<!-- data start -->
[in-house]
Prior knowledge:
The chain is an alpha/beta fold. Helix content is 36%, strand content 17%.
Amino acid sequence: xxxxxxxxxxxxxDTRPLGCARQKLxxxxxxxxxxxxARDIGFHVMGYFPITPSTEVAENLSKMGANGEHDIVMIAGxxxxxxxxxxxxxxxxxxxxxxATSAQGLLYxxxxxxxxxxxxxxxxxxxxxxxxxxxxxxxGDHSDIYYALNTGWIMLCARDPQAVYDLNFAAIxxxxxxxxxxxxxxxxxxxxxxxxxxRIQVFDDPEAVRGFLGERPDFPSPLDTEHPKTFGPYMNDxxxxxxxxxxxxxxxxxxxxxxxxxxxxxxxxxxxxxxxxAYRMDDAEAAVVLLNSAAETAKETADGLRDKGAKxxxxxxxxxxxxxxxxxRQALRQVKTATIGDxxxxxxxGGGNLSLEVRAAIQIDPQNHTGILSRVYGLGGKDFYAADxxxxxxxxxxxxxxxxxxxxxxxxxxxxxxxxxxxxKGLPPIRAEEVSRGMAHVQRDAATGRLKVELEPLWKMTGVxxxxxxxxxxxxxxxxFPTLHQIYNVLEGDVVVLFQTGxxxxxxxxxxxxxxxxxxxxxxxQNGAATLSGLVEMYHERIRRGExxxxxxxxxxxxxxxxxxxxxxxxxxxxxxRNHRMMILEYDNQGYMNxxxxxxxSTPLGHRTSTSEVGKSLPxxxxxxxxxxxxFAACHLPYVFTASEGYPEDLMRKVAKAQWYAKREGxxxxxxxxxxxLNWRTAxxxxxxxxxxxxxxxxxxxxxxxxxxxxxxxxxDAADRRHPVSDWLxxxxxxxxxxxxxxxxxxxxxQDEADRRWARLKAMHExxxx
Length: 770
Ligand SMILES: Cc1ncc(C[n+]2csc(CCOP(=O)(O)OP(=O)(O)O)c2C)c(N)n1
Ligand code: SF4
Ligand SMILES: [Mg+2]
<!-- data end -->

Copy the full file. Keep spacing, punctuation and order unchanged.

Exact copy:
[in-house]
Prior knowledge:
The chain is an alpha/beta fold. Helix content is 36%, strand content 17%.
Amino acid sequence: xxxxxxxxxxxxxDTRPLGCARQKLxxxxxxxxxxxxARDIGFHVMGYFPITPSTEVAENLSKMGANGEHDIVMIAGxxxxxxxxxxxxxxxxxxxxxxATSAQGLLYxxxxxxxxxxxxxxxxxxxxxxxxxxxxxxxGDHSDIYYALNTGWIMLCARDPQAVYDLNFAAIxxxxxxxxxxxxxxxxxxxxxxxxxxRIQVFDDPEAVRGFLGERPDFPSPLDTEHPKTFGPYMNDxxxxxxxxxxxxxxxxxxxxxxxxxxxxxxxxxxxxxxxxAYRMDDAEAAVVLLNSAAETAKETADGLRDKGAKxxxxxxxxxxxxxxxxxRQALRQVKTATIGDxxxxxxxGGGNLSLEVRAAIQIDPQNHTGILSRVYGLGGKDFYAADxxxxxxxxxxxxxxxxxxxxxxxxxxxxxxxxxxxxKGLPPIRAEEVSRGMAHVQRDAATGRLKVELEPLWKMTGVxxxxxxxxxxxxxxxxFPTLHQIYNVLEGDVVVLFQTGxxxxxxxxxxxxxxxxxxxxxxxQNGAATLSGLVEMYHERIRRGExxxxxxxxxxxxxxxxxxxxxxxxxxxxxxRNHRMMILEYDNQGYMNxxxxxxxSTPLGHRTSTSEVGKSLPxxxxxxxxxxxxFAACHLPYVFTASEGYPEDLMRKVAKAQWYAKREGxxxxxxxxxxxLNWRTAxxxxxxxxxxxxxxxxxxxxxxxxxxxxxxxxxDAADRRHPVSDWLxxxxxxxxxxxxxxxxxxxxxQDEADRRWARLKAMHExxxx
Length: 770
Ligand SMILES: Cc1ncc(C[n+]2csc(CCOP(=O)(O)OP(=O)(O)O)c2C)c(N)n1
Ligand code: SF4
Ligand SMILES: [Mg+2]